1.      MESSAGE TO THE PEOPLE OF SOUTH AFRICA ON THE 67TH ANNIVERSARY OF THE AFRICAN NATIONAL CONGRESS, January 1979, by late former President of the African National Congress, Oliver Tambo. From: SECHABA, APRIL 1979.

2.      MENU OF THE RORKE'S DRIFT BAR/CAFÉ, DARWIN, AUSTRALIA'S NORTHERN TERRITORY. Author unknown, illustrations courtesy of Reed Publishing, London, United Kingdom.

3.      THE BATTLE OF RORKE'S DRIFT-22/23 JANUARY 1879 by Graeme Smythe, former curator of Rorke's Drift Museum:

4.    THE BATTLE OF RORKE'S DRIFT-22/23 JANUARY 1879 by Graeme Smythe, former curator of Rorke's Drift Museum:

5.      RORKE'S DRIFT: SEQUENCE OF EVENTS [22/23 JANUARY 1879] by Major P.R Naish (retd):

6.      RORKE'S DRIFT: SEQUENCE OF EVENTS [22/23 JANUARY 1879] by Major P.R Naish (retd):

7.  SEE SEE as well under Battle of Normandy.


9.    SEE Go to the VC's awarded

10.  SEE SEE "unusual VC's" category

11.  SEE Go to Falkland Islands War and scroll to the "Battle for Two Sisters"  

12.  THE ORIGIN OF THE FAMILY, PRIVATE PROPERTY AND THE STATE by Friedrich Engels (1884). Page 80. Foreign Languages Publishing House, Moscow, USSR, 1940.

13.  BRAVE MEN'S BLOOD: THE EPIC OF THE ZULU WAR, 1879 by Ian Knight, page1, Green hill Books, London, 1996

14.  CETSHWAYO'S DUTCHMAN, BEING THE PRIVATE JOURNAL OF A WHITE TRADER IN ZULULAND DURING THE BRITISH INVASION, C.VIJN, translated, edited and annoted by J.W Colenso, London, 1884,page 142 and quoted by Jeff Guy in " THE DESTRUCTION OF THE ZULU KINGDOM" page 55, University of Natal Press, 1994.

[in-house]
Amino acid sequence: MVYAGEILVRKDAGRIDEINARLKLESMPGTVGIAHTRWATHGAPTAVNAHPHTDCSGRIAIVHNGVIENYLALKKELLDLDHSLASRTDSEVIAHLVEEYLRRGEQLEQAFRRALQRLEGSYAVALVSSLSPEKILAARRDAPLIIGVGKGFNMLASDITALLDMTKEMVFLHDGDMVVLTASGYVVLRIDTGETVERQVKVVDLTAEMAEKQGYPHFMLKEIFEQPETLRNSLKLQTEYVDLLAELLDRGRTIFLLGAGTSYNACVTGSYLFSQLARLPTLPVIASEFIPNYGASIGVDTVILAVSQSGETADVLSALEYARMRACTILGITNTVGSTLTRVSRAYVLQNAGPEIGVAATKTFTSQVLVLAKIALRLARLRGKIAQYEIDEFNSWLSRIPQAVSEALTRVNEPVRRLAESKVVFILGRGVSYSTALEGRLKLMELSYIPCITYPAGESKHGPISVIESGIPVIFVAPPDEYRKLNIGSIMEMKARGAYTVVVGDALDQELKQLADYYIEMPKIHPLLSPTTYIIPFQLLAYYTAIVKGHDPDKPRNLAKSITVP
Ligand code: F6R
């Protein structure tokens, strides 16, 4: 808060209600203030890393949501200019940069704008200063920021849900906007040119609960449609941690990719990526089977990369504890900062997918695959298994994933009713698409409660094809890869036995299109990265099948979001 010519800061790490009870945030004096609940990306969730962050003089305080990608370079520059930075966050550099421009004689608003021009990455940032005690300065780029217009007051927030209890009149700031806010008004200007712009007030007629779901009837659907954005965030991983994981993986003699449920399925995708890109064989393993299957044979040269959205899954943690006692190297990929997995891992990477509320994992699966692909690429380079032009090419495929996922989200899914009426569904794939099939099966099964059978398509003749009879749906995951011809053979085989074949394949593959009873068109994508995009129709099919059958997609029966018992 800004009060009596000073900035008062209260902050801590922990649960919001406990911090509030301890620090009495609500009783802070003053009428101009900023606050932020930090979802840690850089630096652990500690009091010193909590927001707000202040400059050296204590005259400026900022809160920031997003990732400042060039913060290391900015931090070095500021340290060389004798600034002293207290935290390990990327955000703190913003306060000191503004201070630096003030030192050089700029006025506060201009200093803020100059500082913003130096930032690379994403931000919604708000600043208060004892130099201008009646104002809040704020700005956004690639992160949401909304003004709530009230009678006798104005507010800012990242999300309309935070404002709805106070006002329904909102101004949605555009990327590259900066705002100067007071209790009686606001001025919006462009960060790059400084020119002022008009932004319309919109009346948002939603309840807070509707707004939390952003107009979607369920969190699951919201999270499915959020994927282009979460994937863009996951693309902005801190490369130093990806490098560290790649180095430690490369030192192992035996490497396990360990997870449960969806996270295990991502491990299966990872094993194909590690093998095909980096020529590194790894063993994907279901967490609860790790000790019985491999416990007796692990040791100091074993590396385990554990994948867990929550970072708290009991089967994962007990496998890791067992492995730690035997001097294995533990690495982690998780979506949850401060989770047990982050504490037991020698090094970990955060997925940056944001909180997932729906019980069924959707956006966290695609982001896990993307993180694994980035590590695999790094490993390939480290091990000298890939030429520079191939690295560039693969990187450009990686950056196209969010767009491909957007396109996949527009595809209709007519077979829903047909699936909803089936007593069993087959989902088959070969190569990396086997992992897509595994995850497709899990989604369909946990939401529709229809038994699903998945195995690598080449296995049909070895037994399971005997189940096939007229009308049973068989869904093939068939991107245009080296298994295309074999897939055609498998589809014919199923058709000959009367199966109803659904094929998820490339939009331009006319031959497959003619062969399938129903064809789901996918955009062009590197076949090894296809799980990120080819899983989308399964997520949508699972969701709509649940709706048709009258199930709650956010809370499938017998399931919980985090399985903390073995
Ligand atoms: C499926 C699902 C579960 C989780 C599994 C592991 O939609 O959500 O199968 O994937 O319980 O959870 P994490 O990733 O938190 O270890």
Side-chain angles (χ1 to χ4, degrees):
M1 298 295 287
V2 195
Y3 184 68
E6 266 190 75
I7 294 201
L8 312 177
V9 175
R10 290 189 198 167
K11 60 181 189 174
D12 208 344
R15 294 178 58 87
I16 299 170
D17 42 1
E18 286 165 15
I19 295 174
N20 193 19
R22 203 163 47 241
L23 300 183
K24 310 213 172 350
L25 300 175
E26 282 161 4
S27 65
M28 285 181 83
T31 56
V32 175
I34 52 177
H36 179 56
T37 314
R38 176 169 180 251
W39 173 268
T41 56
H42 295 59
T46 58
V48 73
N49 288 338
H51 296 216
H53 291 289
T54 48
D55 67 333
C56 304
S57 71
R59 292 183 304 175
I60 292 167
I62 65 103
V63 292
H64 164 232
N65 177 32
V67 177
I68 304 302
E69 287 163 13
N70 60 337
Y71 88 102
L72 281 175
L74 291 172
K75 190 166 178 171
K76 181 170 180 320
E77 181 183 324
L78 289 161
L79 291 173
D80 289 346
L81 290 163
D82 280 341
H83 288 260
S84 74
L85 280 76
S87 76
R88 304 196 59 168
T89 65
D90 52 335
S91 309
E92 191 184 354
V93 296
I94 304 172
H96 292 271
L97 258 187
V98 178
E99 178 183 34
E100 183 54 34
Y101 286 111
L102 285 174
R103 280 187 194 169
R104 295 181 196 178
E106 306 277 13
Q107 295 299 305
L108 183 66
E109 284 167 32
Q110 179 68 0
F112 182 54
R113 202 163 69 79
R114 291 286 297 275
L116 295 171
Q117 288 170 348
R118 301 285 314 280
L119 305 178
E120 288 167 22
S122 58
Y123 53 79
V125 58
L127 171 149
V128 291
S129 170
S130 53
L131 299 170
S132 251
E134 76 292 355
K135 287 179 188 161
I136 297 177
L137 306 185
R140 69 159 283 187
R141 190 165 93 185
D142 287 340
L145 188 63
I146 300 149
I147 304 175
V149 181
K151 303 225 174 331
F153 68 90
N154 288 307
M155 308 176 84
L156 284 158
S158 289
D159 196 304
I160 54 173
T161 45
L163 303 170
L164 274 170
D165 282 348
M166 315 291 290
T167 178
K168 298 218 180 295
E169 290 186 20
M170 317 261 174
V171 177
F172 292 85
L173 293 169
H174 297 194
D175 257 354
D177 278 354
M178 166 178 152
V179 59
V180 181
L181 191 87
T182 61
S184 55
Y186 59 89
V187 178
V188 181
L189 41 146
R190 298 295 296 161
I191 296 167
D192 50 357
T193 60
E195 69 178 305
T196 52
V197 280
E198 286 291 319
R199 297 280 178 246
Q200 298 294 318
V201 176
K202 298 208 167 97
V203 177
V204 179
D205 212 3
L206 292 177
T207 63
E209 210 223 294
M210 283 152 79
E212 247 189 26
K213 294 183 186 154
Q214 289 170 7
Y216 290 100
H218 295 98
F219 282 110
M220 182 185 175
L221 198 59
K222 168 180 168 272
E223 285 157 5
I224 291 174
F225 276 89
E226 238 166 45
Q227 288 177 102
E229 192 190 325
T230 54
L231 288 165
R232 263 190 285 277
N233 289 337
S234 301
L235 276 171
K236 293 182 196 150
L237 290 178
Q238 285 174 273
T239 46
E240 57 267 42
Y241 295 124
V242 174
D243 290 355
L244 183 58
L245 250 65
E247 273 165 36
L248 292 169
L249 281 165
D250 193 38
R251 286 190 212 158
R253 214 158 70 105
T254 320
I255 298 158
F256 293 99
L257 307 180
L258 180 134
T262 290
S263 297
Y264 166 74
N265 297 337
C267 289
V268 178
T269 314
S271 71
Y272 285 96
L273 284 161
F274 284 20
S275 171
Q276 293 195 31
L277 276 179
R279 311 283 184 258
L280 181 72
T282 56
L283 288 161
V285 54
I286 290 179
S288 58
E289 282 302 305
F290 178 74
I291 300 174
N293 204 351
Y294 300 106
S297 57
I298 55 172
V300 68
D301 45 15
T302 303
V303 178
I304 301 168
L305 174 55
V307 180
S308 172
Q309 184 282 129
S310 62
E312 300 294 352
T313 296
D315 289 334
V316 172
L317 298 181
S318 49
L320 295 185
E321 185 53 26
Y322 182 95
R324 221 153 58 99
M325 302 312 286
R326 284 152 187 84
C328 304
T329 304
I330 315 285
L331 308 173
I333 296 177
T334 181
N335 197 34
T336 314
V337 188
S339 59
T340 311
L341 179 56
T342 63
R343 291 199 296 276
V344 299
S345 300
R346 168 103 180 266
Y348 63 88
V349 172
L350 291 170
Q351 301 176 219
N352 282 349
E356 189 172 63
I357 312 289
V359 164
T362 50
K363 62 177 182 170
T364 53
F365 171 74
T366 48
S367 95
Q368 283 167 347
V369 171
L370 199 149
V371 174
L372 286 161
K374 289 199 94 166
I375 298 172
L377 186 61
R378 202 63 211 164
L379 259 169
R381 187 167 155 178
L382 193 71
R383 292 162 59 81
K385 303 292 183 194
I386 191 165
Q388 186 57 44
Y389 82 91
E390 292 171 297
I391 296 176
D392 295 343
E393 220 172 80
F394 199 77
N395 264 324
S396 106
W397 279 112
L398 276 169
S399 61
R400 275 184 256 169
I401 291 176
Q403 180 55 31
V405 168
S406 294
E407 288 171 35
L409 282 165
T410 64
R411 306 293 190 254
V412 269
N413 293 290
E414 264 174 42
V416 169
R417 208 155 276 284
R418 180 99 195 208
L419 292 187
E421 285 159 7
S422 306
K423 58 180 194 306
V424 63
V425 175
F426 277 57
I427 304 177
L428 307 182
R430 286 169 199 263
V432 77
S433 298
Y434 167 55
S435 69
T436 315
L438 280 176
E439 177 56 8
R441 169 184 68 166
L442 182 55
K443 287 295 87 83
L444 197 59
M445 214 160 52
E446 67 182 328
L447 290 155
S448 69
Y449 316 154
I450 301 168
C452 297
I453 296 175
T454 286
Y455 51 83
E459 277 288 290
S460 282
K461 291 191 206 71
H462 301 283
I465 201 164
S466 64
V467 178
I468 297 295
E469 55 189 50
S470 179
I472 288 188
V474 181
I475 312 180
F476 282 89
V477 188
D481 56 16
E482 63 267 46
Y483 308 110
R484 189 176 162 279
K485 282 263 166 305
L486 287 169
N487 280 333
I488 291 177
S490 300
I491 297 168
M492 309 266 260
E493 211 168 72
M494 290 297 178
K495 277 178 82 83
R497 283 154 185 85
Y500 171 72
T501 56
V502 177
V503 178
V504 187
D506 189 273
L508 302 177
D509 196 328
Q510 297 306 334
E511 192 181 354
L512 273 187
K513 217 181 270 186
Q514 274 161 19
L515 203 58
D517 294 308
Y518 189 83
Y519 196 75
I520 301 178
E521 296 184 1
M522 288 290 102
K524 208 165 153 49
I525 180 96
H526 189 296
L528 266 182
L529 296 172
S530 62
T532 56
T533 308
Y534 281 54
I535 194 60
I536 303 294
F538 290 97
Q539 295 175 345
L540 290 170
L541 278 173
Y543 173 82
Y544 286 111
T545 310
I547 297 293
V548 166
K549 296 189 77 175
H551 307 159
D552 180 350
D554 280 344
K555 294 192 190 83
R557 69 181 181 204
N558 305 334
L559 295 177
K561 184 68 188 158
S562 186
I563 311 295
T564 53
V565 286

15.  THE SUN TURNED BLACK: ISANDLWANA AND RORKE'S DRIFT-1879 by Ian Knight, page 151. William Water Publications, 1995

16. PROF. S.J MAPHALALA, former Professor of history at the University of Zululand, South Africa. Interview with the writer

17.  SEE





22.  BRAVE MEN'S BLOOD: THE EPIC OF THE ZULU WAR, 1879 by Ian Knight, page 161, Green Hill Books, 1996

23.  THE MEDALS OF THE ZULU WAR, 11 JANUARY TO 1ST  SEPTEMBER 1879 by Capt. Mitchell, JCD,SAMD  Military History Journal vol. 4 no. 4 ( South Africa)

24.  FUGITIVE'S DRIFT by Dave Rattray, Fugitive's Lodge

25.  SEE BULLETIN 71/98 SOUTH AFRICAN NATIONAL DEFENCE FORCE. See the John chard award and decoration to Maj-General I Deetlefs, Chief of the Part-time Component of the South African National Defence Force and his association with Royal Natal Carbineers Association and the Natal Carbineers Trust. The Natal Carbineers were part of the British Army at Isandlwana. The memorial which mark their last stand reads " . to die the earth with brave men's blood for England's sake and duty. Tell it in England those that pass us by, here, faithful to their charge, her soldiers lie"


27.  THE NATAL NATIVE CONTIGENT IN THE ANGLO-ZULU WAR 1879 by Paul Thompson, Historical Studies Department, University of Natal, Pietermaritzburg, South Africa. SEE " THE NATAL WITNESS " Saturday, December 17, 1881. SEE "Narrative of the Field Operations connected with the Zulu War of 1879, (London, 1881) SEE Rev. Owen Watkins' article in "THE METHODIST READER". ALSO GO TO and compare Khambula's Citation to that of other White Soldiers who were awarded Victoria Crosses.